All three of these movements, actually, are of about equal length, with only a difference of 10 or 20 seconds between them. The second movement ends in much the way it began, peacefully, serene, and the third movement returns to the spirit of the first, marked ‘allegro con moto,’ or ‘with movement.’ It is as if this event that everyone was gathering for in the first movement is finally (or at least very nearly) underway. The trumpet and harp and some others give chirps and their final statements before the real focus of the piece is revealed. There’s a triplet figure that begins with clarinet, as if to set off a domino effect, put the whole thing into motion.
You’ll know when it hits, led by trumpet, backed by low string voices. Piano and woodwinds add color to this German Stravinsky-like finale, with fantastic rhythmic interest, and a greater sense of menace or bite. Tension and instability build as strings tap their strings with the wood of the bow (col legno, or mit dem Holz in German), piano and trumpet and others stutter and spark, almost like gunshots being fired.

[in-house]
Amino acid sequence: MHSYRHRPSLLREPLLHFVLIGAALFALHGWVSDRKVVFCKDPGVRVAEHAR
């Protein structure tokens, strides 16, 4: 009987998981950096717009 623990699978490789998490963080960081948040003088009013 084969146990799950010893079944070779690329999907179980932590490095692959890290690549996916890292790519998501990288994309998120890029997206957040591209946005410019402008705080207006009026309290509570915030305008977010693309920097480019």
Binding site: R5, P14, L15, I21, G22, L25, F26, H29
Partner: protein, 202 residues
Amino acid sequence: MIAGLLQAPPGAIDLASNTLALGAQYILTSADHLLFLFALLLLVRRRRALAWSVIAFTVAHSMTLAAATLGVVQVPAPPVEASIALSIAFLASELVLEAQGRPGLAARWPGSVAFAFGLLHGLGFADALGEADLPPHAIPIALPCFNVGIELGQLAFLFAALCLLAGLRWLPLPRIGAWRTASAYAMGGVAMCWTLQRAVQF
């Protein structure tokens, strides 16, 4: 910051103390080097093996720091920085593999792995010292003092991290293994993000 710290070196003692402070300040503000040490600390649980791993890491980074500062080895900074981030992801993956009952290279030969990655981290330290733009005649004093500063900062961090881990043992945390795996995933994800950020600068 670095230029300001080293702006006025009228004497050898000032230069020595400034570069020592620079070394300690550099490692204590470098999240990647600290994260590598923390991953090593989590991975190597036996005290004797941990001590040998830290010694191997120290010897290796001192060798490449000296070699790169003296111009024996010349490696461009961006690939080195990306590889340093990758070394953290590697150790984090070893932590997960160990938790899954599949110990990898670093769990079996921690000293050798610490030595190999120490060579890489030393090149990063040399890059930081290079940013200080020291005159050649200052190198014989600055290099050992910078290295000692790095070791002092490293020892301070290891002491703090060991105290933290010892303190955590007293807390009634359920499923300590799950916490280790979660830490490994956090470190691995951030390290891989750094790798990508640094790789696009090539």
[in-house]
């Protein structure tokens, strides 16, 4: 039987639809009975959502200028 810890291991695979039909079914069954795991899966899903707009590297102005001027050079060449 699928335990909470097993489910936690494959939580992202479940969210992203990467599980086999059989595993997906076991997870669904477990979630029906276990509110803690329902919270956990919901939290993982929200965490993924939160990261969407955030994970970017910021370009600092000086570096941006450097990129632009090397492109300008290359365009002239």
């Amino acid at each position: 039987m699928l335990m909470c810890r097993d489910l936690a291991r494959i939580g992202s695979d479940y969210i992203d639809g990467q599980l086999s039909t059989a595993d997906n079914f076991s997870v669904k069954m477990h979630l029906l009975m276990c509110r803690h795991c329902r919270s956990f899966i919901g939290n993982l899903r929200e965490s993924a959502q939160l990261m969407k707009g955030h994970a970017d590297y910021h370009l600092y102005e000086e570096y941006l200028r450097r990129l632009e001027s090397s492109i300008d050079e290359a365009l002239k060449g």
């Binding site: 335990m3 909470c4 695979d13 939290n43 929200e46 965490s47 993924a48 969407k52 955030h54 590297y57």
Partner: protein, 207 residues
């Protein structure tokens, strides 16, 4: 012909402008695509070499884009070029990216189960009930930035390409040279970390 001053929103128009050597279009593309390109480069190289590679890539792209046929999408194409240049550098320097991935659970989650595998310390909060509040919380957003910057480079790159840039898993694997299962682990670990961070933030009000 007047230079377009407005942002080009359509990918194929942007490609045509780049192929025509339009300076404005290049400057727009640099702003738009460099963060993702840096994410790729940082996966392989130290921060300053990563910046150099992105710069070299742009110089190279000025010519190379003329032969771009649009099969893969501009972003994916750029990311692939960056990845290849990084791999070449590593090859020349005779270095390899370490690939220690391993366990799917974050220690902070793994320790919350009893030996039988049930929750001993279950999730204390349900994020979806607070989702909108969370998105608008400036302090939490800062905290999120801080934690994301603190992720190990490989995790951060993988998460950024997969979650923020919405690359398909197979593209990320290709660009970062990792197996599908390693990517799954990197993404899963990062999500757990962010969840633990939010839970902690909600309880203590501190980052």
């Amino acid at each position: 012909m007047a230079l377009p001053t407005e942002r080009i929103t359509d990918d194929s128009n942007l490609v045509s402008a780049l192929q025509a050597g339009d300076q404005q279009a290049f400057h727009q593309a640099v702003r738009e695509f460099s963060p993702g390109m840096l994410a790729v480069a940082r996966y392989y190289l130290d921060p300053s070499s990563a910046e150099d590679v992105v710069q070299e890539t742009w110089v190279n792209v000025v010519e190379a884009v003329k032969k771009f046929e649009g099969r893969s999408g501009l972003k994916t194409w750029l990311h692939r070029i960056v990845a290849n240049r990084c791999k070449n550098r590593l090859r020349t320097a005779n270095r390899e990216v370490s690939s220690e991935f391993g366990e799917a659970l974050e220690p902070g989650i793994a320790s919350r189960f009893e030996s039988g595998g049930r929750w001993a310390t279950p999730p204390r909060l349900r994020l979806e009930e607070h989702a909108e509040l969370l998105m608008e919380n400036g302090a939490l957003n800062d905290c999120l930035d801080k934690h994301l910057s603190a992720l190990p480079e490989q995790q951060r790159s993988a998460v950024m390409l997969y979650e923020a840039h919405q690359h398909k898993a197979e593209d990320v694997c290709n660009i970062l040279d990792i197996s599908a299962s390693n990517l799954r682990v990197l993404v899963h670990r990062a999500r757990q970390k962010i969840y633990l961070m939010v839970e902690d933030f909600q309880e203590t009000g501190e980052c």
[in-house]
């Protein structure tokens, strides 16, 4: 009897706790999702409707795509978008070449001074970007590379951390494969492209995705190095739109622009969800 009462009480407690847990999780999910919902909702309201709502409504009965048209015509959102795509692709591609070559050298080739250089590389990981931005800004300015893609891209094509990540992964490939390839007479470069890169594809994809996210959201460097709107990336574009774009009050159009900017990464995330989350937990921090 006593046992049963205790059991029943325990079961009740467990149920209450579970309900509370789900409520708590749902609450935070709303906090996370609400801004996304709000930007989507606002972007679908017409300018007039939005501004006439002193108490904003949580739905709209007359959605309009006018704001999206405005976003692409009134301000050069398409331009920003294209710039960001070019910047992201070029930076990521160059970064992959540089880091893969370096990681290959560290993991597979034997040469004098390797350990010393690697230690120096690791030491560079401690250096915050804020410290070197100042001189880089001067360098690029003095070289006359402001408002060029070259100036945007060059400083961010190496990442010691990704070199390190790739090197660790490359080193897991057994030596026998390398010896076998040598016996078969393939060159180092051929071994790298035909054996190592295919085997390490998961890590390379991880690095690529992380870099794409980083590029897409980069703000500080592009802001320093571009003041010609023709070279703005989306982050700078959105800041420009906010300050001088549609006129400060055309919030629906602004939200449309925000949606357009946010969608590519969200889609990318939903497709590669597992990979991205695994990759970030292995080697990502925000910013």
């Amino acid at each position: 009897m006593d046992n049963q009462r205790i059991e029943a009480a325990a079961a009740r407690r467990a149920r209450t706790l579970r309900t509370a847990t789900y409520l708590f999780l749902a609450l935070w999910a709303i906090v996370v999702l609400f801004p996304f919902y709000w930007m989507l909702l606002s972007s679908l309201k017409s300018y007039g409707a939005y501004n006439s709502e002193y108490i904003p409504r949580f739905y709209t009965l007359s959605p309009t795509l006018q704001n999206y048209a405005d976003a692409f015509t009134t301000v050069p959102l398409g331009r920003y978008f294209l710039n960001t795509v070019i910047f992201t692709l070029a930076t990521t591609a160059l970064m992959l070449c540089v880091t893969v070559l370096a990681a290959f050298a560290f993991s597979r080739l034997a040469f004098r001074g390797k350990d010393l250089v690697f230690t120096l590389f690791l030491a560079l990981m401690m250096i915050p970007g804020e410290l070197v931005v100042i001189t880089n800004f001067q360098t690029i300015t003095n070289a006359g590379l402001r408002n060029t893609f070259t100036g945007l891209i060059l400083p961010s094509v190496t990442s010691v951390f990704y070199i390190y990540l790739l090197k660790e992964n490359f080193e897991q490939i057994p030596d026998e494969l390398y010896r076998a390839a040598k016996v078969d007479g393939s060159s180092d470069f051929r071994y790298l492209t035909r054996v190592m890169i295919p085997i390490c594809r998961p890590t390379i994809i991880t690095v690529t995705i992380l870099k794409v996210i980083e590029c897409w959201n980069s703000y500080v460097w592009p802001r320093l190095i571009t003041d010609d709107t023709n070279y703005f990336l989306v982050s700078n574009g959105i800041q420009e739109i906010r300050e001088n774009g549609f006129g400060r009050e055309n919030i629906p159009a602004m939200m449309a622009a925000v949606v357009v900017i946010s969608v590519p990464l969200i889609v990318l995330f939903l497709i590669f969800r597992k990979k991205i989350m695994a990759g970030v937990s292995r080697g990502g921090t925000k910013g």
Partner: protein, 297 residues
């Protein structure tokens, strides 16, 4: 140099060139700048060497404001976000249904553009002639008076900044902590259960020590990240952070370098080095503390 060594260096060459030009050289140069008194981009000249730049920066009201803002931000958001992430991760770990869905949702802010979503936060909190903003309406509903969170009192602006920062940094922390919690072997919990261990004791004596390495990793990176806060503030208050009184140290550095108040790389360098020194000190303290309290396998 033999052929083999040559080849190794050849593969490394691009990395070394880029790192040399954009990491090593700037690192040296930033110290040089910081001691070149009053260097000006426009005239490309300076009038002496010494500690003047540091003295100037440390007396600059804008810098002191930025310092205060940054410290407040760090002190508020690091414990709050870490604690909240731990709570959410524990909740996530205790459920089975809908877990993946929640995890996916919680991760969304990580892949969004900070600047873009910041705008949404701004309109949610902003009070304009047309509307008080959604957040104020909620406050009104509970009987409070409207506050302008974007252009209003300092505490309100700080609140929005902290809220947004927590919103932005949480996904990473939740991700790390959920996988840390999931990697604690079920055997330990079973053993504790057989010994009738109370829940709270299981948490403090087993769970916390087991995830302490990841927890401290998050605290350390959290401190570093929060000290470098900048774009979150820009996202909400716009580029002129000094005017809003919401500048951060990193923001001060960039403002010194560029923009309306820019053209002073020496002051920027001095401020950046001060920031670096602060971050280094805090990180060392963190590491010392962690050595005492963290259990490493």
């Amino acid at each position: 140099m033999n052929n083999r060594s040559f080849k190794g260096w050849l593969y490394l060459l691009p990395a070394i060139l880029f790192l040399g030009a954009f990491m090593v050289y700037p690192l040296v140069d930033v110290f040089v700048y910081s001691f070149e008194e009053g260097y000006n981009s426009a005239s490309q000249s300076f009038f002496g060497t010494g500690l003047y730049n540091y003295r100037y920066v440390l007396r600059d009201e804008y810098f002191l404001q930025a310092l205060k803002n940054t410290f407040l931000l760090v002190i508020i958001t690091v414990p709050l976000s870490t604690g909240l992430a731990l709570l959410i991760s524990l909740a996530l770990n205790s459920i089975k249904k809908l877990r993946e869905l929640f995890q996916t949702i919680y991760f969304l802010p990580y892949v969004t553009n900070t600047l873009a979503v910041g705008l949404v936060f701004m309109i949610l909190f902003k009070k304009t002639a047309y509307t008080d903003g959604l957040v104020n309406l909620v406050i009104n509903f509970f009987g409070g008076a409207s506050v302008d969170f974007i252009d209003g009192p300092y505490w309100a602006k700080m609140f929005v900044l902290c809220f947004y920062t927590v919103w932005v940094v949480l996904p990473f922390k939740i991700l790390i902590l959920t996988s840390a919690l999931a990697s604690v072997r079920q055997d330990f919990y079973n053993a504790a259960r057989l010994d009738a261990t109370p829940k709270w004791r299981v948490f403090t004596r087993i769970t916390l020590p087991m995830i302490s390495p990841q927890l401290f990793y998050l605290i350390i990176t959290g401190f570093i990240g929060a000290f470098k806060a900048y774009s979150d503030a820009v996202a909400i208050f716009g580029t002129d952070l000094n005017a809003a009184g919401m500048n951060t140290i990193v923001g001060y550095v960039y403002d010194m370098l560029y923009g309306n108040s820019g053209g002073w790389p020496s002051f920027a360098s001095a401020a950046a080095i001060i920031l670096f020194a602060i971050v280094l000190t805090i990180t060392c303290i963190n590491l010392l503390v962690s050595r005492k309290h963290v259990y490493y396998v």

I could almost see this passage being given some kind of ‘march’ indication, in a satirical or sort of abstract way, but again Henze takes all of his gestures and brush strokes and the buildup of tension and is able to reach an interesting, satisfying conclusion, even if it leaves something of a question mark when it’s done. It’s not the explosive, showy climax of the first movement, but it’s interesting nonetheless.
These are sound pictures, and in listening to how Henze finishes the argument he’s constructed in this symphony, and even after listening to not so much of his music, I feel this is such an intrinsic character of his music. It has a vividness, an immediacy that’s palpable even in a more challenging idiom like the kind of language in the third movement. The presentation is fascinating, and this work, in its brief 17 minutes, left me wanting to come back time and time again to get a better feel for its contours and shape, the colors and detail hidden in what might seem like a fairly odd piece at first listen. I’m very excited to spend more time with Henze’s work.
But we won’t be doing that for at least a little while. He’s finally been introduced to the blog, so we might be including him in the Editor’s Choice series eventually. I’m inclined to do so, but we shall see. Fr now, we’ll move on to a definite mainstay of the blog this year, so do stay tuned for that and thank you so much for reading.
One thought on “Hans Werner Henze: Symphony no. 1”
How interesting that Henze was affiliated to the Hitlerjugend as a young man. He later became an outspoken atheist, a marxist and a member of the Italian Communist Party. At least that’s what I learned from my research for an earlier post: https://dechareli.lu/2015/12/24/saint-saens-oratoire-de-noel/